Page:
|Date Published||30 May 2019|
The Copy Cat
Inspector Jaap Rykel returns, on leave with PTSD but unable to resist involvement when a murder is reported with features corresponding precisely to a previous homicide for which a man has already been imprisoned.
The strains of his job are clearly overwhelming, and Rykel fills in resignation forms. However, a death is reported with features matching those of a previous murder, for which Rykel arrested a man who has been in prison ever since. Rykel worries that the conviction was tainted, and that the real murderer is still out there. The police, short of resources, reluctantly accept his participation in the investigation.
The author gives hints that the recent murder is no isolated incident, and in fact there are at least two persons with an interest in undermining Jaap’s efforts. Jaap partners with Vermeer, a very competent woman who shares Jaap’s dislike of the new boss, Beving. The pair energetically follow up leads which eventually suggest a connection with a medical trial organised by a biotech company.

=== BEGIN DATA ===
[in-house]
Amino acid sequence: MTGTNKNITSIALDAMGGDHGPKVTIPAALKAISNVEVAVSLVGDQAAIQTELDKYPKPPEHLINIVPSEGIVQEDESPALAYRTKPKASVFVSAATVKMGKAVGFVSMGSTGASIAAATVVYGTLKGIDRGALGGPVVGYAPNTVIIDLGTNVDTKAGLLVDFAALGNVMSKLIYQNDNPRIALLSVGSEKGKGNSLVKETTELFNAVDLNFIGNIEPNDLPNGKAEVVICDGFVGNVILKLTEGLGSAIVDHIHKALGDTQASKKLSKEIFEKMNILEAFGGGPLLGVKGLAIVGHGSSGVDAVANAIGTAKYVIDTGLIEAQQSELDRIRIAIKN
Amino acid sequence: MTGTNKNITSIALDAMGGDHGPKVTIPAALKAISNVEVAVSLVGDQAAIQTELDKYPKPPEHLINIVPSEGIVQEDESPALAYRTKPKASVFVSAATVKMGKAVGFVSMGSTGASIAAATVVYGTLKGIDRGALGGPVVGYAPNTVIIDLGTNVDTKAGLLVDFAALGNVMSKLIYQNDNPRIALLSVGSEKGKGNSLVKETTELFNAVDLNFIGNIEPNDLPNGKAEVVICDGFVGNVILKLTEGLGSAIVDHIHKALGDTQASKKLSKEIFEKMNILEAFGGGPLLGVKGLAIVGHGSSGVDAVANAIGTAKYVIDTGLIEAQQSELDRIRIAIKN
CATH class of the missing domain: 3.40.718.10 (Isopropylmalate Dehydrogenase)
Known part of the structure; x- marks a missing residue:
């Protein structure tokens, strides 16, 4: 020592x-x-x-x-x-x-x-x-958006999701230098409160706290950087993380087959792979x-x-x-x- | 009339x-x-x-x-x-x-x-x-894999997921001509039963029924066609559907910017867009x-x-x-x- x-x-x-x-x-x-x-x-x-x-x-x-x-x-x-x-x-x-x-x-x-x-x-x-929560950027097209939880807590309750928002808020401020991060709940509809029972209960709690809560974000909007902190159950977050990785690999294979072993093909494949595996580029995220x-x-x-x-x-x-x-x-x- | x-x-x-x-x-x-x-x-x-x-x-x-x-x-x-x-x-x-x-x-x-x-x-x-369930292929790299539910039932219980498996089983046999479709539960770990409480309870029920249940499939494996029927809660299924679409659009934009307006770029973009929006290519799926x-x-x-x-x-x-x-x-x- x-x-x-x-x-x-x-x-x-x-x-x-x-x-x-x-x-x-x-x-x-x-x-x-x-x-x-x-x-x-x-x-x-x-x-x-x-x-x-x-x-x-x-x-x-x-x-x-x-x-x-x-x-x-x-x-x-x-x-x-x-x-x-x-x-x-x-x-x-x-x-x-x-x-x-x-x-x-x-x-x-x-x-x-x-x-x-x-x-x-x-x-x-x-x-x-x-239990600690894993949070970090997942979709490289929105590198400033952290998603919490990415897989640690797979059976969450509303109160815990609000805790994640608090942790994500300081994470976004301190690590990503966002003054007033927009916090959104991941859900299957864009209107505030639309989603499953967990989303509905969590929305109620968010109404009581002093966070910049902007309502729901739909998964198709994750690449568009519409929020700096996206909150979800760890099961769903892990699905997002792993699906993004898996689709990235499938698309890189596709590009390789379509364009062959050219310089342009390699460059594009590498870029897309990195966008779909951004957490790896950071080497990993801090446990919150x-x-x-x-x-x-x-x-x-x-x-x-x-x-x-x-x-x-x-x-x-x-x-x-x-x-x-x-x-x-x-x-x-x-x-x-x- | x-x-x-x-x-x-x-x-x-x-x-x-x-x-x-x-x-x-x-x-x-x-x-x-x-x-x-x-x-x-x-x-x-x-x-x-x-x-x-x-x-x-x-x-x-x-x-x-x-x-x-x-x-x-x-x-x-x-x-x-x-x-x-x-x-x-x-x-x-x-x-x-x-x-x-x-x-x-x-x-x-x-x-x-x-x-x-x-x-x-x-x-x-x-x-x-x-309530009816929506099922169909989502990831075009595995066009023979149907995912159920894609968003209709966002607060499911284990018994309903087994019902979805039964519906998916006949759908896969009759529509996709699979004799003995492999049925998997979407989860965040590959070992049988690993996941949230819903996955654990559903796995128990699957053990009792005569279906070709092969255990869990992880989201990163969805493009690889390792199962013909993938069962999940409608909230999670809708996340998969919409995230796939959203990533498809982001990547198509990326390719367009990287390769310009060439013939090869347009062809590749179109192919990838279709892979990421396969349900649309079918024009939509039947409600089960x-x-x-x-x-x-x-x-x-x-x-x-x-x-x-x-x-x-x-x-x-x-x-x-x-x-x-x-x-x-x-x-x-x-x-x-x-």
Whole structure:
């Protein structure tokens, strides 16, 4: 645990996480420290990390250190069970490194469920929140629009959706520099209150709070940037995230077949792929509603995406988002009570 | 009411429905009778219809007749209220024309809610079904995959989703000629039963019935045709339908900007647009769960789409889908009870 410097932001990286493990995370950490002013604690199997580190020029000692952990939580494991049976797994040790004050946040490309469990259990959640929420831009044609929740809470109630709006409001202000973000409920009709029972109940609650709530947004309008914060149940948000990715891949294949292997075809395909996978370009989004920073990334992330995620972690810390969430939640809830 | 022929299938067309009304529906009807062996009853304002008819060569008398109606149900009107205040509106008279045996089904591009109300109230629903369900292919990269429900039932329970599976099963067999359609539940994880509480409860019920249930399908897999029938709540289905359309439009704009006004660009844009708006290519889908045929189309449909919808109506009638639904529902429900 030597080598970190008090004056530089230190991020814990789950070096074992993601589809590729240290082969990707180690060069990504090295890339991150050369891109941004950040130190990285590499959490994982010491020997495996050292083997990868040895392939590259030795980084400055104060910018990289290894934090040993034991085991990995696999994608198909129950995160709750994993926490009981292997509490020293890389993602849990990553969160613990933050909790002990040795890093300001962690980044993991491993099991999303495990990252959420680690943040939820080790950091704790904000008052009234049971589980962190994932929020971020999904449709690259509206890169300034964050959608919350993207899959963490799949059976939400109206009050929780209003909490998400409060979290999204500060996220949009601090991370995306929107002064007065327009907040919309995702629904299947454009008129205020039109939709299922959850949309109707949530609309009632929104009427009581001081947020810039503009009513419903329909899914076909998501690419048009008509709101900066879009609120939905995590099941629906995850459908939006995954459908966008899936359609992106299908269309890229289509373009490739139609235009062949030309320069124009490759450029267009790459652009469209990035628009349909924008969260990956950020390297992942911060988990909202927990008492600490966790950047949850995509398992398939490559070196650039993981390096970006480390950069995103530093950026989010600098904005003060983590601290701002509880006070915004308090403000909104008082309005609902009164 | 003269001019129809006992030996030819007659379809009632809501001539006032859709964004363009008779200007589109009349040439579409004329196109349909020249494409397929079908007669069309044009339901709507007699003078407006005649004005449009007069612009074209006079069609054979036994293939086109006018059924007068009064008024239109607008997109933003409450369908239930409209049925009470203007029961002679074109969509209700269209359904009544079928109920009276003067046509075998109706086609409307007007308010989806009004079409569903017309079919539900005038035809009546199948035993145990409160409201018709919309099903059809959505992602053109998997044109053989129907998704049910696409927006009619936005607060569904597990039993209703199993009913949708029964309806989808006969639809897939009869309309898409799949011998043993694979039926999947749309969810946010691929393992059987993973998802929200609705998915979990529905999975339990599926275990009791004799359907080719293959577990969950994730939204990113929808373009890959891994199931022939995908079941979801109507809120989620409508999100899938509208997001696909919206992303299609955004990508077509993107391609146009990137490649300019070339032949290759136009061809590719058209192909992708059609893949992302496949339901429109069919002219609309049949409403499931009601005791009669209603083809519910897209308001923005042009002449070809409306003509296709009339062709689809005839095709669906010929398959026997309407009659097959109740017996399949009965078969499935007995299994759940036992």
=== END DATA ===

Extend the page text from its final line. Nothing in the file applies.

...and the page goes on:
The reverses during the investigation and Rykel’s state of confusion combine to ensure that action is as frenetic as usual for the series. His houseboat is attacked – did I mention the Amsterdam setting? – an assault compounded by the fact he was providing a temporary home for a dog. Last-minute realisations enable Rykel to work out what is going on.
I have to confess to a somewhat ambivalent feeling about this series, which at the start was advertised as a quartet but at present shows no signs of having concluded. Rykel is an engaging character, the action is non-stop, life-and-death contests are frequent and the main characters are always struggling with major angst, so one might say the dramatic potential is fully exploited.
At the same time, the stress on the dark underside of the tourist paradise that is Amsterdam sometimes feels a bit overdone. The author also seems to stretch reality a bit to accommodate his plot points. I had doubts as to whether a health-compromised police officer would really be permitted such free rein. Nor do I know whether cannabis can really combat trauma and promote the clarity of thought needed to untangle a complex criminal conspiracy.
I’m probably just being grumpy about the dog. If you read crime fiction, you can expect to read about grisly human deaths, pools of blood and so forth: quite right, and often the recipients richly deserve it. But putting a dog in danger, well, that’s just unforgivable.
Reviewed 28 September 2019 by Chris Roberts